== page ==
READ: “Planners Talk About Resilience in the Face of Climate Change. We Need to Start Using a Different R Word.”

The Washington Post just went into full panic mode.

From Steven Bingler and Martin C. Pedersen at the Washington Post:

“Hundred-year floods. Record-breaking Antarctic heat. Wildfires and drought. The stories appear with numbing regularity. And though the details differ, they all point to the same grim conclusion. We’re failing to address climate change. With carbon emissions continuing to rise, what were once dismissed as worst-case scenarios now look like the best we can hope for.

If Plan A was to prevent, or at least mitigate, the most serious impacts of climate change, what’s Plan B?

In our Plan-A world, architecture and planning has become focused on the idea of “resilient” design. But continuing to talk about “resilience” in the face of ever-worsening projections is its own form of climate denial. It’s time for planners to begin replacing the R-word of the moment with a now not-so-unthinkable one.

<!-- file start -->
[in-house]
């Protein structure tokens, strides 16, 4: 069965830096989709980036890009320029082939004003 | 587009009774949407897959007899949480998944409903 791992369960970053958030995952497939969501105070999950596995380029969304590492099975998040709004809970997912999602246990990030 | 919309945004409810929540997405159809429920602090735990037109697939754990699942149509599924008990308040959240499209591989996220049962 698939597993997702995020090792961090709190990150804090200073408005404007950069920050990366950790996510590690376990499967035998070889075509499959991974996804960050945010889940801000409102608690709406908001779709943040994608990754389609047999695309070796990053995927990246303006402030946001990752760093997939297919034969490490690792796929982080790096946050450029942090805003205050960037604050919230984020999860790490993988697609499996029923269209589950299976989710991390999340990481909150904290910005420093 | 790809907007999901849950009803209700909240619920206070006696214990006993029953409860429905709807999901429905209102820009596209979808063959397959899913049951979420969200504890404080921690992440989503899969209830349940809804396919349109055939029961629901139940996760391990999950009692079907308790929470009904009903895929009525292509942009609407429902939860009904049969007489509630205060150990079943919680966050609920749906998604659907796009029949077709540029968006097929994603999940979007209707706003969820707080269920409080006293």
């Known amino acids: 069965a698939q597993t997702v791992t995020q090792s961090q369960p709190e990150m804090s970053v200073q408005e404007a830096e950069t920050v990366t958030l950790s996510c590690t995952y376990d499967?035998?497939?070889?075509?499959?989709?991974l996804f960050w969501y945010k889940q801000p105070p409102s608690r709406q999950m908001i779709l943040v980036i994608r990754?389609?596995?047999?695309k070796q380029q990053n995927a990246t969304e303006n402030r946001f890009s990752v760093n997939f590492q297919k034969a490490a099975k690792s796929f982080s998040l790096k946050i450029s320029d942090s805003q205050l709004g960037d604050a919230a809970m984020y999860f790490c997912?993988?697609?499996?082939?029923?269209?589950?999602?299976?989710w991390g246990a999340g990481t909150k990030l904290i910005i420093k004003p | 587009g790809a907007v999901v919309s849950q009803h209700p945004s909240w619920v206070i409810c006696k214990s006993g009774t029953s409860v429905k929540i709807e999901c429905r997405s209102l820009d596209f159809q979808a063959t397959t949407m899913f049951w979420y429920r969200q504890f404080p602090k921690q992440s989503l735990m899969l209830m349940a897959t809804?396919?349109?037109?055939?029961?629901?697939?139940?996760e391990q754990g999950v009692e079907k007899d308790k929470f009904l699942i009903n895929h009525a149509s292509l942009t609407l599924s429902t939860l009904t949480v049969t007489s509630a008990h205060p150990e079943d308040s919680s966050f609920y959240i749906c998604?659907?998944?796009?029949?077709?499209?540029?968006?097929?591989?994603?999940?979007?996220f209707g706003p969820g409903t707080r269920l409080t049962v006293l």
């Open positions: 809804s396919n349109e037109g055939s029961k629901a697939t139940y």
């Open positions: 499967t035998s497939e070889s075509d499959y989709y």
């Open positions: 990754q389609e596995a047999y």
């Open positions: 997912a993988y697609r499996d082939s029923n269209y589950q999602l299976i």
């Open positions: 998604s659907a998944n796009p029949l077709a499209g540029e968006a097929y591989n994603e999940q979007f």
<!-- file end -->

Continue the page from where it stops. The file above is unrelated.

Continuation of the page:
Retreat.

According to a recent paper in the scientific journal Nature Communications, some of the earlier projections of population displacement from sea-level rise are probably way too low. Around the world, instead of some 50 million people being forced to move to higher ground over the next 30 years, the oceans will likely rise higher than predicted, with a coastal diaspora at least three times larger; by 2100, the number of climate refugees could surpass 300 million. Indeed, sea-level rise looks likely to be measured in yards and meters, not inches or feet.

Where will all of these displaced people go? Can they be accommodated in existing cities, towns and villages? Which cities will we defend? Which will we surrender? Who will decide? These are unprecedented design and planning challenges that our society hasn’t begun to think about, let alone plan for. Given the increasingly dire outlook, we believe it is time to start.”

READ THE FULL OPINION PIECE HERE 

Newsletter

Local Weather